Emerging from a pandemic that threw many lives into chaos, Shawn Lackie considers himself one of the lucky ones. The only real disruptions to life for the managing sales representative of Coldwell Banker R.M.R.’s Lindsay office were personal.
“If anything, work got busier,” said Lackie. “Real estate was one of the few industries that could carry on during the lockdown.”
The booming housing market allowed him to maintain his regular routine and keep his income flowing.
“I still had the bedrock of going into the office, even though none of the realtors came in,” Lackie said. “I just did the same work I always did.”
Nonetheless, he missed going out to dinner with his wife, playing in his classic rock band and spending time with his grandchildren.
Now, as life gradually becomes more normal, Lockie says seeing family is his first priority, but he’s also eager to do his part helping out the economy by purchasing some tickets to live concerts and travelling.
As restrictions lift, both financial and life experts are cautioning Canadians to resist the temptation to spend their way back to their former social life. Take some time and think about what is best for you.
Tracey Bissett, president of Toronto-based Bissett Financial Fitness Inc., says she is seeing a lot of revenge spending, where people emerging from lockdown “are trying to get back control by spending on food, clothes, travel and experiences.”
After 18 months of being cooped up and watching their bank accounts swell, people may forget all the financial lessons they have learned, said Bissett.
She suggests taking the time to draw up a new budget or keeping the pandemic budget already in place with a bit of an increase to allow for those returning to social and entertainment opportunities.
“You still need to continue to be prepared, because we don’t know what to expect going forward,” she said. “In the past, the rule was to have savings equivalent to three to six months’ worth of expenses; now, it’s six to nine months’ worth, just in case there’s another lockdown. You need to look out for the future you.”
Bissett urges people to stay focused on their goals and remember the pandemic lessons about what brings them joy, apart from owning things.
Lackie is on board with those suggestions.
“I’ve mostly seen my grandkids and my daughters by Zoom, or the occasional driveway visit, so I want to see more of them in person,” said Lackie. “Will I be going wild and buying a Lamborghini or a Porsche? No, but books, music and travel are on my shopping list, starting with trips to Ottawa and Kingston this summer.”
Lackie is grateful he was busy during the pandemic and didn’t suffer financially. But not everyone was so fortunate.
Finances are a big source of tension during uncertain times, said Bissett.
A recent study of financial well-being among Canadians, by LifeWorks, a human resources services and technology company formerly known as Morneau Shepell, found that 54 per cent of Canadians have limited emergency savings, and one in three said that their financial situation was affecting their ability to be productive at work, said Bissett.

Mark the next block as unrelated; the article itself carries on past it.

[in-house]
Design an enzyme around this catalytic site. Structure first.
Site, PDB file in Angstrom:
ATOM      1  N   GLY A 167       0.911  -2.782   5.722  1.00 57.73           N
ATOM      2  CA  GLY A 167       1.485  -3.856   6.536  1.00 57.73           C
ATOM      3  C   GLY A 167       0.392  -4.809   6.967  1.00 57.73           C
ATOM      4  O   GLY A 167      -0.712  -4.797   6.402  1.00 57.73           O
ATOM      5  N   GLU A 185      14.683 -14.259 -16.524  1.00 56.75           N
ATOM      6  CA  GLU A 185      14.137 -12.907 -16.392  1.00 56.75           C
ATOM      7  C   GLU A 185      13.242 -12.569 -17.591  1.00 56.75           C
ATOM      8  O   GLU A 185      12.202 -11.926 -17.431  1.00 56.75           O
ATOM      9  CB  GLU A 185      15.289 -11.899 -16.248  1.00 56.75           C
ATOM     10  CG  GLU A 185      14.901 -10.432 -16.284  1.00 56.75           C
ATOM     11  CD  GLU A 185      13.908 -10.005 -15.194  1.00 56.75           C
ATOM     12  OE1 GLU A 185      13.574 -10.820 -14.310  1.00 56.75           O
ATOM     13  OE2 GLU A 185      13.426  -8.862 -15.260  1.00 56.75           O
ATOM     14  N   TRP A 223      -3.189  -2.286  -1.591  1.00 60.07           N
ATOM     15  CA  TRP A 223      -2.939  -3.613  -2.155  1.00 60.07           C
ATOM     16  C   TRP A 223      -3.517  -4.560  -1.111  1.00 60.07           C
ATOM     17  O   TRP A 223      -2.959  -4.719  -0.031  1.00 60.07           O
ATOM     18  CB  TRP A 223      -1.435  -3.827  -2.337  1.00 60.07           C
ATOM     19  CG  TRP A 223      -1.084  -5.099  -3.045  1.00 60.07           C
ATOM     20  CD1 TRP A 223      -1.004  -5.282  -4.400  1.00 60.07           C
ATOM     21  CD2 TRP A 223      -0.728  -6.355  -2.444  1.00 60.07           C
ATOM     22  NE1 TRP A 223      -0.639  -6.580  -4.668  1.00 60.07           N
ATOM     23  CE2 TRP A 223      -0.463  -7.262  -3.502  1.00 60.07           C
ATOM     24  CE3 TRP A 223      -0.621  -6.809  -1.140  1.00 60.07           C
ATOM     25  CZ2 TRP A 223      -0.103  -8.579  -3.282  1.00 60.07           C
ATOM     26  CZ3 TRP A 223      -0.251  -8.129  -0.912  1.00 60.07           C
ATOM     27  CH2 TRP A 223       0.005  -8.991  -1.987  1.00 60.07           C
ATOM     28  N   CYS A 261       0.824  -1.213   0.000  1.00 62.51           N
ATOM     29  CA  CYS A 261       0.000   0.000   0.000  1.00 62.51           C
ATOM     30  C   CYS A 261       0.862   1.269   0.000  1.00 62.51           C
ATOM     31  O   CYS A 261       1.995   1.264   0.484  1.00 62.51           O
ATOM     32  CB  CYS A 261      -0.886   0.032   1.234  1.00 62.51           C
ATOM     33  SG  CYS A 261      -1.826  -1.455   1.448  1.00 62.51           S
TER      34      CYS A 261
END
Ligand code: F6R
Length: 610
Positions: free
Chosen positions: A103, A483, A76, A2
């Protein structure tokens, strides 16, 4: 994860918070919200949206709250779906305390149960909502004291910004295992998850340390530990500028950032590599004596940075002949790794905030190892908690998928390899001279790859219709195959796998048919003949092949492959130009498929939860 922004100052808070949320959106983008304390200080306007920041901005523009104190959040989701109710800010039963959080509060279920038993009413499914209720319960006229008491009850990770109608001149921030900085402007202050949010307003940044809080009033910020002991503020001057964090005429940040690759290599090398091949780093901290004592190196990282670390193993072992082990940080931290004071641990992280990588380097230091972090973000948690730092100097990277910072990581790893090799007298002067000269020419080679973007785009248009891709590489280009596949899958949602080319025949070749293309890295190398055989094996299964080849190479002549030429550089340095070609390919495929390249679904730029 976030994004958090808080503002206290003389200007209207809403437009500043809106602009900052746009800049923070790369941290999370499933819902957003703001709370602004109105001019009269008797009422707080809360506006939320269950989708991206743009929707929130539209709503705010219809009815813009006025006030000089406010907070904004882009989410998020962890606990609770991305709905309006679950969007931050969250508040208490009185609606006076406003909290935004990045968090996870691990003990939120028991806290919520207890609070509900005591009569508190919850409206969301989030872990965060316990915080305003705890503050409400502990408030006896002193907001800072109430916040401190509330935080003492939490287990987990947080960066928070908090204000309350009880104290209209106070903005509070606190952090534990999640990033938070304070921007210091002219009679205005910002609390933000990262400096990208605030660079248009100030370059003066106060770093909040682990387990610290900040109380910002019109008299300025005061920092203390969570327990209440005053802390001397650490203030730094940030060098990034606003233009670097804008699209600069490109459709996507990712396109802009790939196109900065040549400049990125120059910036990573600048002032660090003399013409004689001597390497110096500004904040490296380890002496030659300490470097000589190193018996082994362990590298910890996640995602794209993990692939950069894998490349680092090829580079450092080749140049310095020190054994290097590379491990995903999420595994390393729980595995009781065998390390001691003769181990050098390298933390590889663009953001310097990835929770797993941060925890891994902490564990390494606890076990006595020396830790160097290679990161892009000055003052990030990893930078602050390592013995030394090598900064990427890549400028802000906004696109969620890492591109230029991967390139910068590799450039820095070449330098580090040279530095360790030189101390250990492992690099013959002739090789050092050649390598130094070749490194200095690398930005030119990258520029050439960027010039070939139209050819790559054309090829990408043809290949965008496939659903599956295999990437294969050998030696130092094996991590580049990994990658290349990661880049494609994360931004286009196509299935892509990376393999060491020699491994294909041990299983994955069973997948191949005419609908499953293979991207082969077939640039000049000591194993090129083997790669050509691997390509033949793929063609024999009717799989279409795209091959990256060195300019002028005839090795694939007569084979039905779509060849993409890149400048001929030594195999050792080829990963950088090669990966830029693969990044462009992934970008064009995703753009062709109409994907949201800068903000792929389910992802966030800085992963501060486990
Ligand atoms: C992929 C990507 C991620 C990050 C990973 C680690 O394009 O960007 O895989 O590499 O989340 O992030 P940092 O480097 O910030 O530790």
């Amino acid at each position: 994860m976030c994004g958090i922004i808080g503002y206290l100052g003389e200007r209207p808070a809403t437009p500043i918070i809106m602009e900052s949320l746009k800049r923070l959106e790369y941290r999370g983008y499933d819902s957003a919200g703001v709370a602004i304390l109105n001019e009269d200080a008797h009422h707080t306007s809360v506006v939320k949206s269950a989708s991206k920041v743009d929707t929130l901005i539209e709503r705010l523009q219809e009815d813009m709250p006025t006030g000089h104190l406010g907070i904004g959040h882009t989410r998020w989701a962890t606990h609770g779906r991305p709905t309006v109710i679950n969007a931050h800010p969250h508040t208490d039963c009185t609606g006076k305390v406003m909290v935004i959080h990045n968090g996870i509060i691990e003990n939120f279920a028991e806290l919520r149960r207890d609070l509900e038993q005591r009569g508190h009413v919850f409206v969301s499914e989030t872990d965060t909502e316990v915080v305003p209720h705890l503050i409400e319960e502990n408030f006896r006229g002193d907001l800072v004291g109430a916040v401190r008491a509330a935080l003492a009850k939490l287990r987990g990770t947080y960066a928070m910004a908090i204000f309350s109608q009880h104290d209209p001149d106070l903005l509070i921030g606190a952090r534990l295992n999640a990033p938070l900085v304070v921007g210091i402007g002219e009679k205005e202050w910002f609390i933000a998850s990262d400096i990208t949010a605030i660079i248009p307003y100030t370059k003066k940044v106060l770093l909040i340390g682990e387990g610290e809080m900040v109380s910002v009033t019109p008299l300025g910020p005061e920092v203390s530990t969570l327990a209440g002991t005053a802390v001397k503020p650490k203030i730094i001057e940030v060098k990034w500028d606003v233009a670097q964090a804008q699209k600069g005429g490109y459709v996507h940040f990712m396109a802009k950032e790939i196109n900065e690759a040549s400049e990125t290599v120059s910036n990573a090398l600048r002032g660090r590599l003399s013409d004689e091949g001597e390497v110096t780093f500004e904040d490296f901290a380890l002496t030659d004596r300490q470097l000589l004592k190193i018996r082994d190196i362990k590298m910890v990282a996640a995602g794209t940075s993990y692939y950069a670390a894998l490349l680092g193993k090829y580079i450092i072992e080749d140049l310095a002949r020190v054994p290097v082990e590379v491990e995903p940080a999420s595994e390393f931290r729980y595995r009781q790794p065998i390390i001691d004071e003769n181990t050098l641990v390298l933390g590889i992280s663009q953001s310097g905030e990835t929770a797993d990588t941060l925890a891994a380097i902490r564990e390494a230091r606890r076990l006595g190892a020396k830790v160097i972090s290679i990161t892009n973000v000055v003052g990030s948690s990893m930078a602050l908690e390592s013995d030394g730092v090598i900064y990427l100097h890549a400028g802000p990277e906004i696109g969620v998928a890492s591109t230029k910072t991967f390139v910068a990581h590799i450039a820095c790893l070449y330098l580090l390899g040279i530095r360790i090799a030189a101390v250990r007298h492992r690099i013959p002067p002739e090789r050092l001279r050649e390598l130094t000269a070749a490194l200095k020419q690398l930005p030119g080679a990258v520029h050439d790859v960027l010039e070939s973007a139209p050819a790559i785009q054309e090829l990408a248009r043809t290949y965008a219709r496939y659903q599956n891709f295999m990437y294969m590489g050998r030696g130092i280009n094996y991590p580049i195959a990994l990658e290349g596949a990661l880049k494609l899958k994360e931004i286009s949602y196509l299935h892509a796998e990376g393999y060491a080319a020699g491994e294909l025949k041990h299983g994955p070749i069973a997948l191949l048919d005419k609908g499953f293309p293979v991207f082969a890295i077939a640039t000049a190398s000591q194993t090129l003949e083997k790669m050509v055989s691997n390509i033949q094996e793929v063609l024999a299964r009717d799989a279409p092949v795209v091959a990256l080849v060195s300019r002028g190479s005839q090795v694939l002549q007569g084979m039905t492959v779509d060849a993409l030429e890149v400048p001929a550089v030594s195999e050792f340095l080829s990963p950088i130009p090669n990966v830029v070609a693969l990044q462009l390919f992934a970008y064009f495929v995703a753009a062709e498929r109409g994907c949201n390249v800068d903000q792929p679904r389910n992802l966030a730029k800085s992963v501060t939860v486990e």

“I’m all for spending, but not to the detriment of your own goals,” said Bissett. “Everything in moderation is usually OK. It’s also never bad to ask for help from a financial planner or a debt counsellor; no one needs to do this alone and, sometimes, it’s easier to talk to a third party about your financial woes and concerns.”
Raia Carey, a Toronto-based certified life coach, says as people ease out of the pandemic, they are looking for ways to feel grounded.
She says using strategies for coping with re-entry to fulfil personal needs can help people avoid revenge spending.
One way to do this, Carey says, is to make buying decisions that are based on mindfulness, rather than on impulse. An “accountability partner” can help make sure that you’re “spending responsibly,” she said.
Rather than trying to spend your way back to your pre-pandemic lifestyle, Carey suggests spending time thinking about the challenges you have overcome. “Write them down so you can see and absorb these accomplishments.”
Finally, she says, be kind to yourself, “especially in moments of stress and uncertainty.”
Lackie believes strongly in being kind to oneself and to others as well.
“You can go to a restaurant and hear someone yelling at the wait staff because their food isn’t ready fast enough, when a month ago, you couldn’t even go out to dinner,” Lackie said. “People need to dial it back a little.”
Patrick Ens, president of Capital One Canada, encourages Canadians to take heart.
“When people feel like they aren’t in control, it can be difficult for them to make the best decisions for their financial future,” he said by email. “There’s no one-size-fits-all approach to achieving financial well-being, but as we’ve seen with our customers over time, with the right resources, tools and support, people can improve their credit and take strides toward achieving their financial goals.”
Correction — Aug. 17, 2021: This article was edited to correct that a recent study of financial well-being among Canadians by LifeWorks found that one in three said that their financial situation was affecting their ability to be productive at work, not home as stated in previous version.
JOIN THE CONVERSATION